PIPaL: JISC BCE at Loughborough

3.6 Process Mapping Exercise

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The approach to process mapping developed for the JISC project should prove highly valuable as we move forward to take a broader and deeper look at institutional practices. Even from the relatively small number of processes we studied, it was clear that things were often more complex than they needed to be. The diagram below demonstrates this general principle by showing some of the steps involved in the production and distribution of the University’s undergraduate prospectus.

In reality the process is far more complicated, and student recruitment more generally takes in the likes of student “ambassadors” visiting schools and prospective student visits to the University. In our primary context of Business and Community Engagement there are direct parallels with the benefits that accrue from “networking” events and groups such as the Innovation Networks[1] set up under the auspices of emda, the East Midlands Development Agency.

We also found a number of processes that appeared mercifully simple, until one considered the steps required to gather the information being used in the process.  A good example of this is the process followed by DARO when conducting an alumni telephone campaign:

This seems to be an almost trivial process, until one considers the effort required to maintain the contact information for each of the 150,000 registered Loughborough Alumni.  This issue of where to draw the line when mapping out a business process turned out to be a common theme across the programme of Relationship Management projects, and was neatly summarised in a blog posting[2] from Sharon Perry of the Relationship Management Support and Synthesis project.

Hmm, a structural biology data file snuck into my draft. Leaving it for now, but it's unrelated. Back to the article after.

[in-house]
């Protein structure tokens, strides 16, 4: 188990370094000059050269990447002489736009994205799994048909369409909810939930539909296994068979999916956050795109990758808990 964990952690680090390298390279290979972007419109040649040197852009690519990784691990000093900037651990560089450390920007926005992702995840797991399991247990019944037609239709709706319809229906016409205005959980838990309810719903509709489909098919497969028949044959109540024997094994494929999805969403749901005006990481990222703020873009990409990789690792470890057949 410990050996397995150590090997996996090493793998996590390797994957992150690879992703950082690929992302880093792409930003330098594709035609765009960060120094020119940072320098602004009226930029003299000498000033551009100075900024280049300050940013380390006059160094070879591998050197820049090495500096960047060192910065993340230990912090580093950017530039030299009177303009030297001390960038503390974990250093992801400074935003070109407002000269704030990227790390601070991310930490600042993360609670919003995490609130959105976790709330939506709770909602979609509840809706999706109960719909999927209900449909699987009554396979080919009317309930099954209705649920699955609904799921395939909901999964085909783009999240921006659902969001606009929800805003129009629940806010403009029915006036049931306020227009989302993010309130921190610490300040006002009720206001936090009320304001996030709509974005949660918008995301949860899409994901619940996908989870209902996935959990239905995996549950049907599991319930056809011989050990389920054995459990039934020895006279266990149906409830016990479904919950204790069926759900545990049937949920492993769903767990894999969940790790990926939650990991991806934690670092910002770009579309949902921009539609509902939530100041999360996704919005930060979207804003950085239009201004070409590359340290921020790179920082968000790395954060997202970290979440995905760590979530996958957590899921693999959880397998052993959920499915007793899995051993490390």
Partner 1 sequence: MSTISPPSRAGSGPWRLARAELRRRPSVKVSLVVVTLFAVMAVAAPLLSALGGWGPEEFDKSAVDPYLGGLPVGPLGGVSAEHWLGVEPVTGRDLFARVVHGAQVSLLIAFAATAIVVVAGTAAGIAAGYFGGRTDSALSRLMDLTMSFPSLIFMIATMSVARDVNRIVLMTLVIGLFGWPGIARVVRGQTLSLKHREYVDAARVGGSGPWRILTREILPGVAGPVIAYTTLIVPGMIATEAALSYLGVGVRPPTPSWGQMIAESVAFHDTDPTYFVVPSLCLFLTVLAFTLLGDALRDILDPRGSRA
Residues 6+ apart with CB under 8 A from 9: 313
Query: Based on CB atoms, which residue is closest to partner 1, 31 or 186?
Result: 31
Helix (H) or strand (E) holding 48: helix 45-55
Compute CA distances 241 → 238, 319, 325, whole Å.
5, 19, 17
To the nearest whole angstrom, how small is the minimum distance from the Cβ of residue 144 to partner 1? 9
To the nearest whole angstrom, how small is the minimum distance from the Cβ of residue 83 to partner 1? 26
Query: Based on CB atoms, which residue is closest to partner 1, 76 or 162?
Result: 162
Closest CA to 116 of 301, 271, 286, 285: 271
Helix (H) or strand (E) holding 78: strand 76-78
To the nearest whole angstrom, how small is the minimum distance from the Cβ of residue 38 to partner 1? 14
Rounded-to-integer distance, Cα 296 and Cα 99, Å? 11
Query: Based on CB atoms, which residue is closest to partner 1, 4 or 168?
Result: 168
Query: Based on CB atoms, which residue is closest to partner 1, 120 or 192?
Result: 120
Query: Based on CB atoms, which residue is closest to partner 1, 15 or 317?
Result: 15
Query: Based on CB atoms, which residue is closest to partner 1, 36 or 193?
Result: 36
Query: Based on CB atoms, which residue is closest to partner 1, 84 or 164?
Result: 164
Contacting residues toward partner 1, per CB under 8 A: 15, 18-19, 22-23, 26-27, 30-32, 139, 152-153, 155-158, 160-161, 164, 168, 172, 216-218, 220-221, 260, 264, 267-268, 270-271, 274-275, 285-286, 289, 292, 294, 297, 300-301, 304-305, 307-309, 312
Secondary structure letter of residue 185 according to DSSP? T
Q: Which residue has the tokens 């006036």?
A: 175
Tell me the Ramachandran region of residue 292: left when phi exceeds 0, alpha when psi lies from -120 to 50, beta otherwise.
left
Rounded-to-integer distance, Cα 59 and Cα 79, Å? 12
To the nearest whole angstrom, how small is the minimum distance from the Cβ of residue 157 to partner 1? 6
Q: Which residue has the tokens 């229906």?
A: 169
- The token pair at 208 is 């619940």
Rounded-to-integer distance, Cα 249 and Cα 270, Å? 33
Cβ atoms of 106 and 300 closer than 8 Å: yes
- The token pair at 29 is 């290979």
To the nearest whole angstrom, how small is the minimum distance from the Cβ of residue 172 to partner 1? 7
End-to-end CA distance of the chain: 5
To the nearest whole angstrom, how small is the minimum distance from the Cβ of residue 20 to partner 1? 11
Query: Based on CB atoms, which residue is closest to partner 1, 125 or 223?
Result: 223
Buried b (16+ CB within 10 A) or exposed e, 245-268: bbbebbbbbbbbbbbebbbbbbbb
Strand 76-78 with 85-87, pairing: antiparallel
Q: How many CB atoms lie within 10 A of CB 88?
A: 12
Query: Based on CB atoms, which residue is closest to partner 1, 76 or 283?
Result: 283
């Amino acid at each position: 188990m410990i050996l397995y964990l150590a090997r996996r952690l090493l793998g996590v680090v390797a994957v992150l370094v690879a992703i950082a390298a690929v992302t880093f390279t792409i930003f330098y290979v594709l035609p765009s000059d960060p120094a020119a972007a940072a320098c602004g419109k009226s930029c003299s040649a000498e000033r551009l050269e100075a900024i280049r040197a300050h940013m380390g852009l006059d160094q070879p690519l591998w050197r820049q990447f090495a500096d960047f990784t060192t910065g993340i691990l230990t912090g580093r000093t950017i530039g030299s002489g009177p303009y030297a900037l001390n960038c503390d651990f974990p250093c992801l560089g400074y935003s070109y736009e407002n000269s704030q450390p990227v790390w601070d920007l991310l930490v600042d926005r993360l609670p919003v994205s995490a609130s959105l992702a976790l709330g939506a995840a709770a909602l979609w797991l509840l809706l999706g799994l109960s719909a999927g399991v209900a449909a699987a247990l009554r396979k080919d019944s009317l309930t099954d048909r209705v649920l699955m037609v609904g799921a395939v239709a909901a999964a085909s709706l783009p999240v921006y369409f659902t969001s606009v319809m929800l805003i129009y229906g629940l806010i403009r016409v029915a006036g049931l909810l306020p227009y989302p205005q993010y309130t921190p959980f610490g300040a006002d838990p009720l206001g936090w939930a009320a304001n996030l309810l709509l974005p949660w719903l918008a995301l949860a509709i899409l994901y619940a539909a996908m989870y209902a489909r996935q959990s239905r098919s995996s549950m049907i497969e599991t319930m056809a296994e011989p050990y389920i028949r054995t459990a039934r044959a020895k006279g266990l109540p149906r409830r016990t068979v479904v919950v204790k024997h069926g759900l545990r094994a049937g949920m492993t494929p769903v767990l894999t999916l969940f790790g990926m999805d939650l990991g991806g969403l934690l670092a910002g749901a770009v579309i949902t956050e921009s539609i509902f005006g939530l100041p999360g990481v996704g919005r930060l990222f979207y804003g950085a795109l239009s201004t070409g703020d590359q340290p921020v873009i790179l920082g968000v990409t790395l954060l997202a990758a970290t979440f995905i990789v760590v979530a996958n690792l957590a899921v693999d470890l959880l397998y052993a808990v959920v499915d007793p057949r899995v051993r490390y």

Similarly, the process map below illustrates the difficulties of providing information to senior management where the data is held by different units in disjoint databases, with few opportunities to correlate.  In reality the recursion involved could be almost infinite as more individuals are consulted!

Another apparently simple process, the distribution of the University’s Annual Report, contains a deceptive element:

Without a coordinated approach to recording and maintaining contact details, it is almost inevitable that some people will receive multiple copies of such publications, and others will cease to receive them as they change address or move on to work for another organization.  A tacit assumption on most people’s part would be that informing “the University” a of change of   name or address would result in any and all references to that information being updated.  However, this is difficult to do without the common customer database discussed above.

Workflow is another requirement for successful Relationship Management:

This process map tries to capture the situation whereby a junior member of staff discusses advancement with a potential benefactor, and refers them upwards due to the magnitude of the gift involved.  In the past these “Major Gifts” have included the establishment of Chairs and even the funding for new University buildings, and such situations must be handled with great delicacy.   In a well implemented Relationship Management system workflow also applies in numerous (and more pedestrian) day-to-day scenarios.

Then there are also processes that defy characterization.  One such example is shown below – the process that the Enterprise Office follows when entering into a consultancy contract between an Academic and an outside company.

The reality of the situation is that no two consultancy engagements are created alike, and it would be easy to draw up a number of alternative permutations of the diagram above – particularly where intellectual property is a key factor.  This highlights a certain flawed assumption in the process mapping approach, in that there will inevitably be processes (and perhaps critical ones) that cannot be reduced to a simple flowchart.  This should not be regarded as a failure.

[1] http://www.eminnovation.org.uk/

[2] http://blogs.cetis.ac.uk/accessibility/2009/12/15/modelling-how-do-you-know-when-to-stop/


Written by Martin Hamilton

September 4, 2010 at 8:45 am

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